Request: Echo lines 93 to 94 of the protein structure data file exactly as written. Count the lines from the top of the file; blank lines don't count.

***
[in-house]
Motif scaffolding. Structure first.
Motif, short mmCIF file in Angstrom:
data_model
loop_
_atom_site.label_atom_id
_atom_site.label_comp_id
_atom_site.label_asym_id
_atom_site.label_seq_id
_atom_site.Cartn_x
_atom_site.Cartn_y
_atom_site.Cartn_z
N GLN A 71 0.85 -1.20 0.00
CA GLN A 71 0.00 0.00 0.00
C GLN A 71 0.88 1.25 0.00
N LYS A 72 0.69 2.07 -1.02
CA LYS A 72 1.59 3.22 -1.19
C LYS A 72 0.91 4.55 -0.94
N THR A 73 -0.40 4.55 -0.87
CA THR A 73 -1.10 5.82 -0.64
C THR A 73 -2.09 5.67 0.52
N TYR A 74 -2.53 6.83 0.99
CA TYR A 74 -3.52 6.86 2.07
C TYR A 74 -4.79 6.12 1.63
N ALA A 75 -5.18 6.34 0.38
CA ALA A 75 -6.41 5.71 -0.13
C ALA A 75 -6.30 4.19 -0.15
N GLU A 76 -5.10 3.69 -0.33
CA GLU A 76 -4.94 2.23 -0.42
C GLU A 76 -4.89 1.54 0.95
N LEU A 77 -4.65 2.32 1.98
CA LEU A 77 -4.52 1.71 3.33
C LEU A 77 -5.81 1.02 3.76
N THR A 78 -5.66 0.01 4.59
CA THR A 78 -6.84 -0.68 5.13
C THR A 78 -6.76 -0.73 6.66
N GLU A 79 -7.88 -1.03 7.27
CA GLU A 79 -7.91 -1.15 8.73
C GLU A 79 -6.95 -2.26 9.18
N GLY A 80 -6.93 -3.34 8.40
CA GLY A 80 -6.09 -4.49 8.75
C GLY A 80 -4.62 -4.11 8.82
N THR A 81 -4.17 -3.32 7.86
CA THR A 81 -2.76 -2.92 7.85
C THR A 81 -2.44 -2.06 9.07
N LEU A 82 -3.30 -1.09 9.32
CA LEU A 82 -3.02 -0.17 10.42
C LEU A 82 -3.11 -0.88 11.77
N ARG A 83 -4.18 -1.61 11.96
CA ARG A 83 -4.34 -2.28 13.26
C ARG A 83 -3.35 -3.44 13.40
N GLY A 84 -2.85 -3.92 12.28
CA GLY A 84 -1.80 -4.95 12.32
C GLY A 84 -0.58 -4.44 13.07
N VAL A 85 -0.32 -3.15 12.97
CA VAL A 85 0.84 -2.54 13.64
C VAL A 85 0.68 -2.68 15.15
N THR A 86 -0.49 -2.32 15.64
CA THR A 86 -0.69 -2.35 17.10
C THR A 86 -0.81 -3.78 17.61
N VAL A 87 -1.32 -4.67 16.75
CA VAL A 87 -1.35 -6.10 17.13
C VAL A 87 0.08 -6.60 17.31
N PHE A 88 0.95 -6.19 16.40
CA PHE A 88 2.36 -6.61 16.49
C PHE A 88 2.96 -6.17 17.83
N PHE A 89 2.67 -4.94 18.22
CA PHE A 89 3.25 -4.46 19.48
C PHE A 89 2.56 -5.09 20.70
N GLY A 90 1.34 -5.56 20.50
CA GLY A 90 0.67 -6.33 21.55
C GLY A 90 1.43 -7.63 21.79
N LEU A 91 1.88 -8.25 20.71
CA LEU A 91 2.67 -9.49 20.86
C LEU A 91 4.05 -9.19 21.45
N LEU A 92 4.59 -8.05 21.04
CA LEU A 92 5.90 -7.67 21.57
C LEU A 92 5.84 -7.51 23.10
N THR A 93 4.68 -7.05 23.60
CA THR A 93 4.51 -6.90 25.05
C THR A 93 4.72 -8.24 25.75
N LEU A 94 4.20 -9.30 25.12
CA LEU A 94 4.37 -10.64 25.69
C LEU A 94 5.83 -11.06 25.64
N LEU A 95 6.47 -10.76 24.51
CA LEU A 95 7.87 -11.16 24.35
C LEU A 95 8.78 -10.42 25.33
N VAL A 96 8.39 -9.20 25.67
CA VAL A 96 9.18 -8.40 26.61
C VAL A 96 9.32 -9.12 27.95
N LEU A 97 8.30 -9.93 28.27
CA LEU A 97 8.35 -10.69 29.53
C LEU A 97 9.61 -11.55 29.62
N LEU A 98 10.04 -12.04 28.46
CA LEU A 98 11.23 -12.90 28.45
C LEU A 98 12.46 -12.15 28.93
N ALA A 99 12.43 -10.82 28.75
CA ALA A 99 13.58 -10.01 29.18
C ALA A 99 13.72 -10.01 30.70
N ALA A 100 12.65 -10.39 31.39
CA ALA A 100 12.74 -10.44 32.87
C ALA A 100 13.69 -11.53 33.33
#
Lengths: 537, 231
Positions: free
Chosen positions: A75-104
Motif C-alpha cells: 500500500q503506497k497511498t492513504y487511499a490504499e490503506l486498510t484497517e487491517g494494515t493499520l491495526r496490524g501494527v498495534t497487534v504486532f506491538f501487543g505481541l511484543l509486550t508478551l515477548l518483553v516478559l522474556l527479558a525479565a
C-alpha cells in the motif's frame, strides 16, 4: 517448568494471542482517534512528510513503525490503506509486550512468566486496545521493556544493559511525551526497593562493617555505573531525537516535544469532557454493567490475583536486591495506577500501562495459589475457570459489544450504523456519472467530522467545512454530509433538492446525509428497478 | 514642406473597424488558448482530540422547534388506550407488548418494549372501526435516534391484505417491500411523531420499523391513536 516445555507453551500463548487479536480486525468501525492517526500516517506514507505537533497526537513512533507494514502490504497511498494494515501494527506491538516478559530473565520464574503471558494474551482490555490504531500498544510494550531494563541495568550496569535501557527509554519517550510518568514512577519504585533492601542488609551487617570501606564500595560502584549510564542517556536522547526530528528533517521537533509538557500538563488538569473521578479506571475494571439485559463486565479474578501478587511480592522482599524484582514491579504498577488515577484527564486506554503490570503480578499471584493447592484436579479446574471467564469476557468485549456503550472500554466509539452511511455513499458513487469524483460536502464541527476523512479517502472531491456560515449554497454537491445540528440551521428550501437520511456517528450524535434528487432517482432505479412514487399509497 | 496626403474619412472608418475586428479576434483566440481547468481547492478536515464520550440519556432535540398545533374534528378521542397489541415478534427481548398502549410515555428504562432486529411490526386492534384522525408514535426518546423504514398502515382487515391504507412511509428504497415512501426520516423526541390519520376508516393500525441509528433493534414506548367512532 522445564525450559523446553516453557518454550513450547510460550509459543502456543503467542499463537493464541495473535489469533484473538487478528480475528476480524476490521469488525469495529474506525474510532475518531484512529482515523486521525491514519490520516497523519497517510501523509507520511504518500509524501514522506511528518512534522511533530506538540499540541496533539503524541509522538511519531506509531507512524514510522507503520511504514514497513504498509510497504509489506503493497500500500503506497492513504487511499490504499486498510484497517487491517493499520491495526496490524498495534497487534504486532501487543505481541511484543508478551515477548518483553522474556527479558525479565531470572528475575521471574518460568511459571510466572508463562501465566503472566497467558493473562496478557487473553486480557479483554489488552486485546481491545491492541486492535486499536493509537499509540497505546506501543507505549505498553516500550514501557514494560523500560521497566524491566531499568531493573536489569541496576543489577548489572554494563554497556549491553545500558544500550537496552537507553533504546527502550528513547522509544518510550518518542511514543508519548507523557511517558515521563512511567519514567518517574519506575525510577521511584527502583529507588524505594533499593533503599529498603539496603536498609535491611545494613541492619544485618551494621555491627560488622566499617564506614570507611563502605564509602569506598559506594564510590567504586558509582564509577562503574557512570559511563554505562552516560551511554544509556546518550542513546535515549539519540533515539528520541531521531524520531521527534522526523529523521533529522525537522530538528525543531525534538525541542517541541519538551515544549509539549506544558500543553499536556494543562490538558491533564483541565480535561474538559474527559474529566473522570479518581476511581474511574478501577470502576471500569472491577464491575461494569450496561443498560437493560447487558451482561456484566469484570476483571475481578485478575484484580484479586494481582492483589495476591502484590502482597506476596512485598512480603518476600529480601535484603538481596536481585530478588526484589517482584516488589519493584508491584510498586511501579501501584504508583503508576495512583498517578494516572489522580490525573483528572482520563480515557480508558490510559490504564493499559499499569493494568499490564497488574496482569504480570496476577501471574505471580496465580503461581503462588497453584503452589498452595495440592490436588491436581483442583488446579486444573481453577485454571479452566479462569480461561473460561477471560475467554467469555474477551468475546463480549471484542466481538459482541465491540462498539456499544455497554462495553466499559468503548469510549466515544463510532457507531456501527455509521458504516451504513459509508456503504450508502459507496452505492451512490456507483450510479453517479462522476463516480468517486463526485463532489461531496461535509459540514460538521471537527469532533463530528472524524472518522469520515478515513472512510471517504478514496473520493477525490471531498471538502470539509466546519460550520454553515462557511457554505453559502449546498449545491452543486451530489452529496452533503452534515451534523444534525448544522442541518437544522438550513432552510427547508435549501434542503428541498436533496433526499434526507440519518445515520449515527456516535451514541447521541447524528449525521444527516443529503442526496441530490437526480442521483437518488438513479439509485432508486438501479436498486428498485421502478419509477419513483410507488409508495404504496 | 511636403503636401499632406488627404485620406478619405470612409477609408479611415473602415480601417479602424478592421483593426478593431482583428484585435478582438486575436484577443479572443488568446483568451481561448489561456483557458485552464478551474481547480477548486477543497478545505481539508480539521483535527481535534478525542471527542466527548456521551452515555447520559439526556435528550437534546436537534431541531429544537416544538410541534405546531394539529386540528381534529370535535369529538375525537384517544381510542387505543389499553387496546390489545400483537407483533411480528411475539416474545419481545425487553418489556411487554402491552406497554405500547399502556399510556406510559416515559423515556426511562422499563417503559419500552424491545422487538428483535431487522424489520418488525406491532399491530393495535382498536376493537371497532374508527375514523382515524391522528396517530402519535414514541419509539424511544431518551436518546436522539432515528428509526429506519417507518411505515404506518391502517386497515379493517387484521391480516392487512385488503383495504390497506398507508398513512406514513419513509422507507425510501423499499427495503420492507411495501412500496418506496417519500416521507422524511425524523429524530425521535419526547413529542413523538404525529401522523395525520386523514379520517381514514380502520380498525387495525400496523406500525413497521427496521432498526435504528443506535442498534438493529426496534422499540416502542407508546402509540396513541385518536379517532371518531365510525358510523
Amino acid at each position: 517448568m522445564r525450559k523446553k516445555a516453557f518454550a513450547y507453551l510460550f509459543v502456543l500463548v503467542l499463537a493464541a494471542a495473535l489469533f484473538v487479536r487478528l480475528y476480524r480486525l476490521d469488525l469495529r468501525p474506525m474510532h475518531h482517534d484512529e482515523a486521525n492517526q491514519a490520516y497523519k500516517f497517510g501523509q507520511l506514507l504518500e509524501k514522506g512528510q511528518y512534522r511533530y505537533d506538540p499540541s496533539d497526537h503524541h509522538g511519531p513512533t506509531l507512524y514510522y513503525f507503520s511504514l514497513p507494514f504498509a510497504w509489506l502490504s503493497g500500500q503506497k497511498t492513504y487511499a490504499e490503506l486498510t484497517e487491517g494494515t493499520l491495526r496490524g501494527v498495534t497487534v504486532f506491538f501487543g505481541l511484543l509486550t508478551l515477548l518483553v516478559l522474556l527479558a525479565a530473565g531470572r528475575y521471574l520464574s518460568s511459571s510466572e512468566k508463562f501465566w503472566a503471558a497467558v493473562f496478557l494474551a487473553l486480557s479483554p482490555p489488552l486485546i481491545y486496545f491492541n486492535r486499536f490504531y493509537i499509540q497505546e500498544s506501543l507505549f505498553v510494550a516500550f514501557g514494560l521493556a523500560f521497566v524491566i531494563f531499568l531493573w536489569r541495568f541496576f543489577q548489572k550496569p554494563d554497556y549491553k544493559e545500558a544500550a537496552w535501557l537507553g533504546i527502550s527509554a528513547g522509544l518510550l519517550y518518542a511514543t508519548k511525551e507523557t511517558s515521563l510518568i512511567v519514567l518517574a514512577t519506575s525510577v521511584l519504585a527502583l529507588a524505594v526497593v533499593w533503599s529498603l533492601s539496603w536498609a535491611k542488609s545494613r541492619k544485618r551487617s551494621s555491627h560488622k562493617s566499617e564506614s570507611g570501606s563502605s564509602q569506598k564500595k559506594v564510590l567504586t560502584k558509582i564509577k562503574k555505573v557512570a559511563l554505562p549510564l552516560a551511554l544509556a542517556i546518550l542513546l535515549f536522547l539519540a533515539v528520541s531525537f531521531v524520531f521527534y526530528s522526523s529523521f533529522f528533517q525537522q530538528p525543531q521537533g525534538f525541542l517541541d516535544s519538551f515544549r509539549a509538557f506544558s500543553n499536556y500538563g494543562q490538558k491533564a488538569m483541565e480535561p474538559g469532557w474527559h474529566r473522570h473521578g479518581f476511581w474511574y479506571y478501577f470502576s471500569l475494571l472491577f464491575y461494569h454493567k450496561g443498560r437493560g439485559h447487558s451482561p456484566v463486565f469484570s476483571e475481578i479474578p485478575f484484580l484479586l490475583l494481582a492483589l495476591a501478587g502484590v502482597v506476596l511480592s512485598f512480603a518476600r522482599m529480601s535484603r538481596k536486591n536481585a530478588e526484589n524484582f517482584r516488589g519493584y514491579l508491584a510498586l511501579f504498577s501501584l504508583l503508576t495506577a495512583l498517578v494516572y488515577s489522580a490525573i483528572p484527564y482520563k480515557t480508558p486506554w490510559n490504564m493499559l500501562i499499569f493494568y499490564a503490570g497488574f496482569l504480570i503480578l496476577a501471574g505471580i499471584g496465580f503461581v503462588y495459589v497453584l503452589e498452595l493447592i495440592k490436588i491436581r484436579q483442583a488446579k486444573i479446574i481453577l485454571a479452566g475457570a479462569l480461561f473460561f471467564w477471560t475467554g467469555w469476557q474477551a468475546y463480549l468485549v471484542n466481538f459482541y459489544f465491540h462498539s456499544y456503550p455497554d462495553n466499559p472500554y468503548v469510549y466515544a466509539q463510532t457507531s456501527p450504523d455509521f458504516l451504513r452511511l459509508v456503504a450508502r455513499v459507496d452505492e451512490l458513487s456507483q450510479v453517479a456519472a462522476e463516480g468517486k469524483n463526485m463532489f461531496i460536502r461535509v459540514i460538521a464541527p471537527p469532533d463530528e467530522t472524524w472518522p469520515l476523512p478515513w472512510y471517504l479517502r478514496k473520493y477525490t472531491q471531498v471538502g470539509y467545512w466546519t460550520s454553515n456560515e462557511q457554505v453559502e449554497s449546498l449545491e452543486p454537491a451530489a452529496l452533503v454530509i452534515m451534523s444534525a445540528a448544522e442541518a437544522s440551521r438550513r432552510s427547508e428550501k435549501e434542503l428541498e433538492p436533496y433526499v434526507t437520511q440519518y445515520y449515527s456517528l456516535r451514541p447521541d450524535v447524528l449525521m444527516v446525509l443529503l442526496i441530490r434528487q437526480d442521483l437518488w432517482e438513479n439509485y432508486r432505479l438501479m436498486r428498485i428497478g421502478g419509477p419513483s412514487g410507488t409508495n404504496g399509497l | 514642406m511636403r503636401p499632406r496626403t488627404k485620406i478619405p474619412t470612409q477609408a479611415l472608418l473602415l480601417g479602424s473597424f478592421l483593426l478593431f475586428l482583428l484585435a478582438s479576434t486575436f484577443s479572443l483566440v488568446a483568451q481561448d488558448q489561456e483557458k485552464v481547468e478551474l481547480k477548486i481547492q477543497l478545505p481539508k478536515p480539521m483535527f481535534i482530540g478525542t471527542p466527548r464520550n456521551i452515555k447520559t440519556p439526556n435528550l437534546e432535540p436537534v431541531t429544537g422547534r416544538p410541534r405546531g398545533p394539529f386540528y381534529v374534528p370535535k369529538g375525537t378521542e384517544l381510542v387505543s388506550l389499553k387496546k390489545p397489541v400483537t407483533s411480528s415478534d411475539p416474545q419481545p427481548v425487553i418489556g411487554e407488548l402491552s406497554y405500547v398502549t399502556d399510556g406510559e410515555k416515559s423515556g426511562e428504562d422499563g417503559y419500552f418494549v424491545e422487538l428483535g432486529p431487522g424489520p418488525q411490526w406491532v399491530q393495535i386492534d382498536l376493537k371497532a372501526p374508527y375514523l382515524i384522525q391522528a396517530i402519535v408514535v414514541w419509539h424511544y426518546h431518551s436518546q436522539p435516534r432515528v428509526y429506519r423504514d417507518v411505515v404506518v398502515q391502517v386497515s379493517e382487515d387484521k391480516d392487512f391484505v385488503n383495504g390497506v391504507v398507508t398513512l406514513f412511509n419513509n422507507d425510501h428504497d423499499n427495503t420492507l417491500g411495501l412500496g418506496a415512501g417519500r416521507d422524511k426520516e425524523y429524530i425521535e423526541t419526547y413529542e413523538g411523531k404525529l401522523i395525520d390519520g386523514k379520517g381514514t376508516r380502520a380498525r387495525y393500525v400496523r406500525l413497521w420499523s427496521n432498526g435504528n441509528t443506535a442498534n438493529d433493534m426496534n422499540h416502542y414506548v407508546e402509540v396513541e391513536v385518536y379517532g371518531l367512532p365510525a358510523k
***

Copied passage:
C LEU A 97 9.61 -11.55 29.62
N LEU A 98 10.04 -12.04 28.46